• How will you hold yourself mutually accountable to each other to these agreements?
  • What if someone breaks these agreements?

You need not ask all the questions, they merely serve as a guide to jog your memory. If you feel strongly about not asking a question because it makes you uncomfortable, then that is probably a question you should ask. Think about it !!

Monday, June 17, 2013

The Multitasking Myth - A Brain Based Explanation - Part 1

It amazes me when people, especially developers, tell me that they are great multitaskers. Time and again studies  have shown that multitasking reduces performance. Then why do managers insist that employees should be able to multitask? Studies show that even with intentional priming (advance notice that the person will be switching to a different task), there is a switch cost associated with multitasking. With mobile phones, cloud computing and fast paced work environment,  a cousin of multitasking, continuous partial attention, has become even more prevalent (how many times did you unconsciously check your email in your mobile phone when you were in a meeting)

I do want to emphasize that there is a difference between consciously doing two things simultaneously (multitasking) and doing one of the tasks subconsciously (ex - talking over phone when driving to work. They use different parts of your brain). By multitasking, I mean consciously switching between tasks to accomplish something. Some of the reasons that I hear for multitasking are

  • I do not want my employee/consultant to be idle, I am paying him for his/her time. 
  • All stakeholders are important, I do not want to antagonize any business stakeholder by telling him that his project is less important and will be started later. 
  • I am not able to prioritize stuff (projects, user stories, work items, etc)
  • We prioritize stuff, but only part of the first item can be implemented now, so we do it, then switch to the next task. If we encounter a blocker with the second item as well, we switch to the third task.....
  • My organization is different because ....... (add your own reason here)
  • My manager tells me to because .....(hint: if he tells you to, show him this blog)
I am not here to convince you that multitasking is bad and that you should fix its root-cause.  I will leave it up to you to decide if you want to take advantage of how our brain works (or work against it). Our brain's Pre Frontal Cortex (PFC) is primarily responsible for the executive function including understanding, differentiating, prioritizing, idea generation, remembering and anything which we do consciously. In the next blog, we will look at what happens when we multitask and why there is a cost associated with multitasking.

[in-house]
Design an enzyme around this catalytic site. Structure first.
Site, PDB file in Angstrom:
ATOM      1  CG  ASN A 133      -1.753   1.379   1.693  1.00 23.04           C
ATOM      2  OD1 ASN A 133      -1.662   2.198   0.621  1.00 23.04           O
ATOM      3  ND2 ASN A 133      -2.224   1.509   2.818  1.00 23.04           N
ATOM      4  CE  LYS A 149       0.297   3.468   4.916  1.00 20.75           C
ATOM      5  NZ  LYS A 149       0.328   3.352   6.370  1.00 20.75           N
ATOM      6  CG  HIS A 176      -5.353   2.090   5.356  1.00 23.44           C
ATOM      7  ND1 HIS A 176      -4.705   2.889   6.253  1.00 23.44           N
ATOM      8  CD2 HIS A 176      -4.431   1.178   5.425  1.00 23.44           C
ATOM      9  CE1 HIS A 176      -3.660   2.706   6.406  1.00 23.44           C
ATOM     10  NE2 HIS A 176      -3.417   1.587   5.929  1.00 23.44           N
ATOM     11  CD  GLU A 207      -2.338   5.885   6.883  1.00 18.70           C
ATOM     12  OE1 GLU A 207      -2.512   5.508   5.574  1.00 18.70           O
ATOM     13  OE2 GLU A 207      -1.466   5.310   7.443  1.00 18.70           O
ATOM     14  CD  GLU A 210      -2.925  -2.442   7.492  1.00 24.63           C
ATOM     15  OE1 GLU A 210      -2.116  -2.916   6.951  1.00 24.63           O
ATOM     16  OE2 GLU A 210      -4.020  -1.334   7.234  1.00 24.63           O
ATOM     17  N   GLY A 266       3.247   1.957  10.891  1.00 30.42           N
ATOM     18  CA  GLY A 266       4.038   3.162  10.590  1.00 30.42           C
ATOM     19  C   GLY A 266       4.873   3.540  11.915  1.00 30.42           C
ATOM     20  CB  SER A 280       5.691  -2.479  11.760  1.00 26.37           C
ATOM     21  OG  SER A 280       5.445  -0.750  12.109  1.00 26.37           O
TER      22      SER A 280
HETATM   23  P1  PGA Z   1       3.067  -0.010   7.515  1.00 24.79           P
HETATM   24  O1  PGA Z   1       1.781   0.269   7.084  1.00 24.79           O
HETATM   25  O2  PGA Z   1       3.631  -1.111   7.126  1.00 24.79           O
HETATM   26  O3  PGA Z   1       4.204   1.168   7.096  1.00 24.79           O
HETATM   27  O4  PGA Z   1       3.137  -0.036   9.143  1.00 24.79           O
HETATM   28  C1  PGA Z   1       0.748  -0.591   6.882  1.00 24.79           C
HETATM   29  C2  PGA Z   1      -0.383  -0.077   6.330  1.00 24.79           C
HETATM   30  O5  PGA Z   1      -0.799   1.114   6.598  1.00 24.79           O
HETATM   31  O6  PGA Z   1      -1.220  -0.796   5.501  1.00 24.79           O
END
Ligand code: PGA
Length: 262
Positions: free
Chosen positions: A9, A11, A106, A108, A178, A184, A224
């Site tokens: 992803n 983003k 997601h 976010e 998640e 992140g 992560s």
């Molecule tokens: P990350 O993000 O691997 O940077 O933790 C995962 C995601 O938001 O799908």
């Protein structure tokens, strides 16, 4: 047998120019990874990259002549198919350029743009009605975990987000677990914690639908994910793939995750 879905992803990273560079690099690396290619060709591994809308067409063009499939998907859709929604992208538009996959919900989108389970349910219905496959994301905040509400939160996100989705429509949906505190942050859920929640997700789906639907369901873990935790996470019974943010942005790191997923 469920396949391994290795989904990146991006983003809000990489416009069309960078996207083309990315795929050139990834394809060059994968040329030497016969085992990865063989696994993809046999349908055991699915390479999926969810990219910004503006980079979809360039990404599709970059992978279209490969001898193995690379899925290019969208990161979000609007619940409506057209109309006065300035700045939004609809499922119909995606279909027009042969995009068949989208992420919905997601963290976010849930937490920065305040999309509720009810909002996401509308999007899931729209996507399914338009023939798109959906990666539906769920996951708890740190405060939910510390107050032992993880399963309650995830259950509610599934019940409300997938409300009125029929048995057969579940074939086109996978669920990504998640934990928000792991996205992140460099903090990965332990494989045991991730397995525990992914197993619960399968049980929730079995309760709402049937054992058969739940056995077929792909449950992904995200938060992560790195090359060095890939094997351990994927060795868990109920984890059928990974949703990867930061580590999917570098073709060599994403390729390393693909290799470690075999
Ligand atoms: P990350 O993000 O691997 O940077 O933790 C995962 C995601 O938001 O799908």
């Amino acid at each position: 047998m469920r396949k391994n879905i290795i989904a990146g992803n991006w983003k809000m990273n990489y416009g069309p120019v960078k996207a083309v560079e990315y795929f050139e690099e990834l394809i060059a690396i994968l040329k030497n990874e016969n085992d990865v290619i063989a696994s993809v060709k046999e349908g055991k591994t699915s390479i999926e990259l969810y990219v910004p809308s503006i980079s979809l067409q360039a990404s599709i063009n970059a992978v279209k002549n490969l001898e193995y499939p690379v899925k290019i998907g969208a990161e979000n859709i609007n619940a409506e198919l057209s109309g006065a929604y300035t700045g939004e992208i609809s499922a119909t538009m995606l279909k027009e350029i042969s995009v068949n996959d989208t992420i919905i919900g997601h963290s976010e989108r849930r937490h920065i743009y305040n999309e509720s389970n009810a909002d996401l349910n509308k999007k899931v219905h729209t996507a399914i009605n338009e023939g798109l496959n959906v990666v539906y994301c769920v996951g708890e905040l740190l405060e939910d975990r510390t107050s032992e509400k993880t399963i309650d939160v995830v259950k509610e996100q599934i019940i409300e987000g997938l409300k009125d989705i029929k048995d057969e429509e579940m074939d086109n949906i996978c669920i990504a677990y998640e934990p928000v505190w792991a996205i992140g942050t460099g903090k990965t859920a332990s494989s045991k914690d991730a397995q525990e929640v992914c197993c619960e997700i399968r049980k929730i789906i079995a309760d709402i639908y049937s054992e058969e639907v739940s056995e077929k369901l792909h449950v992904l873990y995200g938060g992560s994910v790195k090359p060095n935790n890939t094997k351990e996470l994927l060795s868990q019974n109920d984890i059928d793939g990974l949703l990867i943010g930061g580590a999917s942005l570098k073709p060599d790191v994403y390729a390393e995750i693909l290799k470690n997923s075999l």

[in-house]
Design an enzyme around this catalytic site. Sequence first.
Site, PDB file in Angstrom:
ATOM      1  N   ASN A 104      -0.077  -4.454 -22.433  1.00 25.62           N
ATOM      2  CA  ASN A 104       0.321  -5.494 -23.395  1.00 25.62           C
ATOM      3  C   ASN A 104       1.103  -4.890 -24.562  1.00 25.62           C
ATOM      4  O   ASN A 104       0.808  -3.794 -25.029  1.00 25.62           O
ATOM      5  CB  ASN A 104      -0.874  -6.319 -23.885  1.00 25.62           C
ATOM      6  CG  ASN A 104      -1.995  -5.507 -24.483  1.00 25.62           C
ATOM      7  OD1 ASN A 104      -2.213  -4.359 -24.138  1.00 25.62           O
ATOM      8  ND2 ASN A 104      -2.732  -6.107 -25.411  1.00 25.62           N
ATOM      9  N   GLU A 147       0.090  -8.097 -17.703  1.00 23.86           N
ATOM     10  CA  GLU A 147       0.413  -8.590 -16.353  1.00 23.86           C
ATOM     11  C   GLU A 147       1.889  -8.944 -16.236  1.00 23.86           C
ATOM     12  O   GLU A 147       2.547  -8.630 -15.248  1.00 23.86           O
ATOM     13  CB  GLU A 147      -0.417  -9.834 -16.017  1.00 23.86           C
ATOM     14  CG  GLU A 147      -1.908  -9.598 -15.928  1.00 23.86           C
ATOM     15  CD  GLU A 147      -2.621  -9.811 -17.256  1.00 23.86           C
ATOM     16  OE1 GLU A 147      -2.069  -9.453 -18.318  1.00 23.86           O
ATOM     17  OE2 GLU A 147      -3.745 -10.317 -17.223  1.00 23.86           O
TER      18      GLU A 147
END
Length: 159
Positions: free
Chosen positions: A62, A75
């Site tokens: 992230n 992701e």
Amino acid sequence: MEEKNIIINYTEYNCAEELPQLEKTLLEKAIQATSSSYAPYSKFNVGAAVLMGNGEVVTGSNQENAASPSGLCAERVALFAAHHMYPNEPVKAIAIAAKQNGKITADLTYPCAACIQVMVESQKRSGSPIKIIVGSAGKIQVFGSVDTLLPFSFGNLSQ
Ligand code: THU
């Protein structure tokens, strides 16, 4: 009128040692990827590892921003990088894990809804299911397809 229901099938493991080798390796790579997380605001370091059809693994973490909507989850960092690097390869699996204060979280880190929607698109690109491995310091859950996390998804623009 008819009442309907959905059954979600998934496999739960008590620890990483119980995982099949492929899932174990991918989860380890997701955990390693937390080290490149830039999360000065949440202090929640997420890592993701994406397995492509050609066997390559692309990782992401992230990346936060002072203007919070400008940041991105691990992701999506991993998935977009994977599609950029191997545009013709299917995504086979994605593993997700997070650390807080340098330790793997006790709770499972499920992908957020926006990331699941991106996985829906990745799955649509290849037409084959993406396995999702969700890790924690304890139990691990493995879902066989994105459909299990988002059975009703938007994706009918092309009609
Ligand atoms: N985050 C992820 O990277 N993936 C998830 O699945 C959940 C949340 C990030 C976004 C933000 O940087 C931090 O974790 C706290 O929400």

Sunday, April 1, 2012

Possible new scrum extension

Scrum is evolving and changing. Product Backlog Items evolved from prioritized to ordered. Product Backlog grooming is becoming a Generally Accepted Scrum Practice (GASP). Charles Bradley has also blogged about some new direction scrum is taking. Burndown is no longer an artifact, but increment is. Ron Jeffries frequently writes (in scrum development yahoo groups) about small, similar sized user stories and working in smaller chunks instead of large user stories.

David Starr has already proposed an extension (Feature focused daily scrum ). Along these lines, I want to propose a new extension "JIT Planning"

Proposed Name
Just In Time (JIT) Planning

The PO already has an ordered list of backlog items.The team starts the spring with a planning meeting where they together to discuss the features that will be taken up during the current sprint.  The planning meeting consists of two parts, the "what" part where the PO and the development team understands the scope of the backlog items which need to be considered for the current sprint (mostly in the form of user stories), and the acceptance criteria for each of those backlog item. The Product Owner should be present during this part of the meeting. The second part consists of the "how" part where the team decides how to implement the the stories and the tasks associated with it. Usually, the sprint backlog is a set of tasks associated with those product backlog considered for that sprint. Though the product owner's presence is not usually required for the second part of the planning meeting, he should be able to help the development team if any clarification is required. For teams where the sprint duration is 30 days, the spring planning meeting can take a whole day (8 hours, split as 4 hours for the first part and 4 hours for the second part). For teams having a shorter sprint duration (say 2 weeks), the sprint planning meeting is proportionately short (4 hours for a 2 week sprint).